Staten Island, NY – A nine year old partnership between a New Jersey based outreach organization and a Staten Island synagogue is headed for the courtroom, one year after a beis din issued a ruling on the matter.
The dispute between the Lakewood-based Oorah and the Young Israel of Eltingville in Staten Island stems from an arrangement made in 2007.
According to court papers, Sid Stadler, acting on behalf of the Young Israel, agreed to give Oorah sole ownership of title and the deed to the property in exchange for $250,000. The arrangement gave the Young Israel the ability to hold services at the synagogue for as long as the shul continued to hold regular minyanim on Shabbos and Jewish holidays, as well as giving the Young Israel access to other areas for certain events.
The Young Israel also agreed to accept Rabbi Chaim Mintz, founder of Oorah and father of the organization’s CEO, Rabbi Eliyahu Mintz, as an arbitrator in any potential problems.
Over the next several years, Oorah made substantial renovations to the property which became home to its Torah Spot Learning Center and the Little Stars Preschool, but in 2013, Oorah decided to convert the synagogue’s sanctuary into a classroom, leaving worshippers relegated to a classroom for religious services, an option that members felt would have been a death blow to the Young Israel.
Hoping to reach a mutually amenable resolution, Stadler and Oorah agreed to go to a beis din which ultimately ruled in Oorah’s favor, saying that the Young Israel owed the organization $1 million.
That judgment prompted the synagogue to file a suit against Oorah in Richmond County State Supreme Court, asking the court to vacate the beis din’s arbitration award. The lawsuit alleged that Stadler was never officially elected president of the synagogue and that even a legally appointed president would not have had the authority to make the agreement with Oorah without the approval of the synagogue’s board of directors.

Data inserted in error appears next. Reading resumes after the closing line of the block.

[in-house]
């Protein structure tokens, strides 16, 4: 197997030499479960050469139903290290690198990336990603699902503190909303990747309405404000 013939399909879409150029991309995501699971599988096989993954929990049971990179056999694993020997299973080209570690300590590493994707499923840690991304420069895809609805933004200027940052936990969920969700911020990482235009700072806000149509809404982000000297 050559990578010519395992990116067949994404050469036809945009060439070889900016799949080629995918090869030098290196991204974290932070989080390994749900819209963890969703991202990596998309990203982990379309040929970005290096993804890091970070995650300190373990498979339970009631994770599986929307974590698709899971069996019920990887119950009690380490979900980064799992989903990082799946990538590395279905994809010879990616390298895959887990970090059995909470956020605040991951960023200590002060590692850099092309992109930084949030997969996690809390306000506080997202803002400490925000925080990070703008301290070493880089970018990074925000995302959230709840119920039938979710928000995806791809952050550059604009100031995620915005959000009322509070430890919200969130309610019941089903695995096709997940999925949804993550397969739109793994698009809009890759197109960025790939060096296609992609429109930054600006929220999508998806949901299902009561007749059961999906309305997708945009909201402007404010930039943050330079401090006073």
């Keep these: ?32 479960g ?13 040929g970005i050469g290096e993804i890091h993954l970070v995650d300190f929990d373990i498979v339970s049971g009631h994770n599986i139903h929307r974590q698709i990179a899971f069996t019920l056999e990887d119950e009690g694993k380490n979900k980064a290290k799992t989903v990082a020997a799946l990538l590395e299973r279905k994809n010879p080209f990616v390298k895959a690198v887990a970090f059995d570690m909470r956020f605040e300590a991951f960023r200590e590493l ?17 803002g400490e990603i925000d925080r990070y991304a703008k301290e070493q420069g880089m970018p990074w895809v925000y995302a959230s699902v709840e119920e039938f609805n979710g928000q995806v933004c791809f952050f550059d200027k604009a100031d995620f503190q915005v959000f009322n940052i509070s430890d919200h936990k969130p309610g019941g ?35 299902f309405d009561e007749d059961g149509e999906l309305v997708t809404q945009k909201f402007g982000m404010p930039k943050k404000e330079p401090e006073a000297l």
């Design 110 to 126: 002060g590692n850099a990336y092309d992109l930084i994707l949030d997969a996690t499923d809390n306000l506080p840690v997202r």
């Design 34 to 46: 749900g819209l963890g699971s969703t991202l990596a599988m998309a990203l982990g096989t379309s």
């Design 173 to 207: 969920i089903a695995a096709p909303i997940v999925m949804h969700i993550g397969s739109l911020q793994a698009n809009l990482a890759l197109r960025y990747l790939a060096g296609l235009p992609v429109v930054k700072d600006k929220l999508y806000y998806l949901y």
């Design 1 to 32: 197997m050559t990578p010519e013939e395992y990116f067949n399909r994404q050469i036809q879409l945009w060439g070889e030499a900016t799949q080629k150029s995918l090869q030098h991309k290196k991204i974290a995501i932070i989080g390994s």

The lawsuit further charges that the sale of the property was invalid because it lacked the necessary approvals by the attorney general as required by state law in the sale of any real property by a non-profit corporation.
In a VIN News interview, Stadler described the entire chain of events as a “heartbreaking situation.”
Stadler said that dwindling membership and a dire financial situation had him looking for partners to keep the synagogue afloat in 2007. The Young Israel took in a kollel and entered into an arrangement with long time friend, Rabbi Chaim Mintz, the former dean of a Staten Island yeshiva.
“It was the perfect situation,” Stadler told VIN News. “They were bringing unaffiliated people in for the Torah Spot and some live here now and are part of the community. But he decided the building wasn’t enough. He wants to turn the shul, a makom kodesh, into a classroom.”
Stadler, whose name appears on the synagogue’s official stationery as the Young Israel’s president, said he cannot understand what would possess Oorah to close a synagogue that has a minyan every Shabbos and yom tov.
“Jewish blood doesn’t shut down a shul,” said Stadler.
A spokesperson for Oorah declined to publicly comment on the matter.